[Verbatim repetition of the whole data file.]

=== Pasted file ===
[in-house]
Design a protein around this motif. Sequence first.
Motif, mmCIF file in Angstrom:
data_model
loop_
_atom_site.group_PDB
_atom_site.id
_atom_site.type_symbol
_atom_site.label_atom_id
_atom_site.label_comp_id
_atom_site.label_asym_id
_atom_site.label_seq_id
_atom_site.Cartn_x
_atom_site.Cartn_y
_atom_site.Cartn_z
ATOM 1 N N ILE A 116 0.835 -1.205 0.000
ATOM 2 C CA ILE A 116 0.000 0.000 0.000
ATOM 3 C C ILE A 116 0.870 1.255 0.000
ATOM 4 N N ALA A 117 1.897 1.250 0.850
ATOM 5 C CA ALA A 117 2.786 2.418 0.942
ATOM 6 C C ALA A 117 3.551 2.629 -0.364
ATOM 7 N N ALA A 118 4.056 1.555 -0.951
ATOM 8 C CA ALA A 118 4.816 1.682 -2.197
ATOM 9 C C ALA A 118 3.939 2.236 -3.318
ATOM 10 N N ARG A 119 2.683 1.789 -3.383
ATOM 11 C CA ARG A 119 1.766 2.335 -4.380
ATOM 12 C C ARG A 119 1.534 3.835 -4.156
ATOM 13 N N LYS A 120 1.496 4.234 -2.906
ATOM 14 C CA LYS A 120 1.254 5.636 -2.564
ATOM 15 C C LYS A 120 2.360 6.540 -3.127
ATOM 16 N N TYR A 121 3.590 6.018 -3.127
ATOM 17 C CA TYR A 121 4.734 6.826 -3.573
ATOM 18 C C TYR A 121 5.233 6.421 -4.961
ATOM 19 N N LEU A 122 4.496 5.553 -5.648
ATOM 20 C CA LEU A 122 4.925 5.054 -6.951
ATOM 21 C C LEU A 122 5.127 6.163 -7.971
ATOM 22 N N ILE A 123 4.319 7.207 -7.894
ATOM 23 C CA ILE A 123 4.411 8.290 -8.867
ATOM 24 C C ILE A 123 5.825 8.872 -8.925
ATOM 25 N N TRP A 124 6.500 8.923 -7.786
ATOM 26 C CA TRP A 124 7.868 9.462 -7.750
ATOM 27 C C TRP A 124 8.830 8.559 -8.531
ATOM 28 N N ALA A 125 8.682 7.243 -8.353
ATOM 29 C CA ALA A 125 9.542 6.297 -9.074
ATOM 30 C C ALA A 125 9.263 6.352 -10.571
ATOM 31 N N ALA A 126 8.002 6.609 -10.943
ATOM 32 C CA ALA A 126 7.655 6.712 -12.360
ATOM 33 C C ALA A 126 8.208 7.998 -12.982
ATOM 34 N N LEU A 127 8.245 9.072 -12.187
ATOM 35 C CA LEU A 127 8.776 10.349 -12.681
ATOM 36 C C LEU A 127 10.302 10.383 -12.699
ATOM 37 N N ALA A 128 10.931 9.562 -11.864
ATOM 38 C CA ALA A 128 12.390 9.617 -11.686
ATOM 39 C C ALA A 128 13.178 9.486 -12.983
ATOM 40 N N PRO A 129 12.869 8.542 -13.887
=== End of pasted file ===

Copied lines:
[in-house]
Design a protein around this motif. Sequence first.
Motif, mmCIF file in Angstrom:
data_model
loop_
_atom_site.group_PDB
_atom_site.id
_atom_site.type_symbol
_atom_site.label_atom_id
_atom_site.label_comp_id
_atom_site.label_asym_id
_atom_site.label_seq_id
_atom_site.Cartn_x
_atom_site.Cartn_y
_atom_site.Cartn_z
ATOM 1 N N ILE A 116 0.835 -1.205 0.000
ATOM 2 C CA ILE A 116 0.000 0.000 0.000
ATOM 3 C C ILE A 116 0.870 1.255 0.000
ATOM 4 N N ALA A 117 1.897 1.250 0.850
ATOM 5 C CA ALA A 117 2.786 2.418 0.942
ATOM 6 C C ALA A 117 3.551 2.629 -0.364
ATOM 7 N N ALA A 118 4.056 1.555 -0.951
ATOM 8 C CA ALA A 118 4.816 1.682 -2.197
ATOM 9 C C ALA A 118 3.939 2.236 -3.318
ATOM 10 N N ARG A 119 2.683 1.789 -3.383
ATOM 11 C CA ARG A 119 1.766 2.335 -4.380
ATOM 12 C C ARG A 119 1.534 3.835 -4.156
ATOM 13 N N LYS A 120 1.496 4.234 -2.906
ATOM 14 C CA LYS A 120 1.254 5.636 -2.564
ATOM 15 C C LYS A 120 2.360 6.540 -3.127
ATOM 16 N N TYR A 121 3.590 6.018 -3.127
ATOM 17 C CA TYR A 121 4.734 6.826 -3.573
ATOM 18 C C TYR A 121 5.233 6.421 -4.961
ATOM 19 N N LEU A 122 4.496 5.553 -5.648
ATOM 20 C CA LEU A 122 4.925 5.054 -6.951
ATOM 21 C C LEU A 122 5.127 6.163 -7.971
ATOM 22 N N ILE A 123 4.319 7.207 -7.894
ATOM 23 C CA ILE A 123 4.411 8.290 -8.867
ATOM 24 C C ILE A 123 5.825 8.872 -8.925
ATOM 25 N N TRP A 124 6.500 8.923 -7.786
ATOM 26 C CA TRP A 124 7.868 9.462 -7.750
ATOM 27 C C TRP A 124 8.830 8.559 -8.531
ATOM 28 N N ALA A 125 8.682 7.243 -8.353
ATOM 29 C CA ALA A 125 9.542 6.297 -9.074
ATOM 30 C C ALA A 125 9.263 6.352 -10.571
ATOM 31 N N ALA A 126 8.002 6.609 -10.943
ATOM 32 C CA ALA A 126 7.655 6.712 -12.360
ATOM 33 C C ALA A 126 8.208 7.998 -12.982
ATOM 34 N N LEU A 127 8.245 9.072 -12.187
ATOM 35 C CA LEU A 127 8.776 10.349 -12.681
ATOM 36 C C LEU A 127 10.302 10.383 -12.699
ATOM 37 N N ALA A 128 10.931 9.562 -11.864
ATOM 38 C CA ALA A 128 12.390 9.617 -11.686
ATOM 39 C C ALA A 128 13.178 9.486 -12.983
ATOM 40 N N PRO A 129 12.869 8.542 -13.887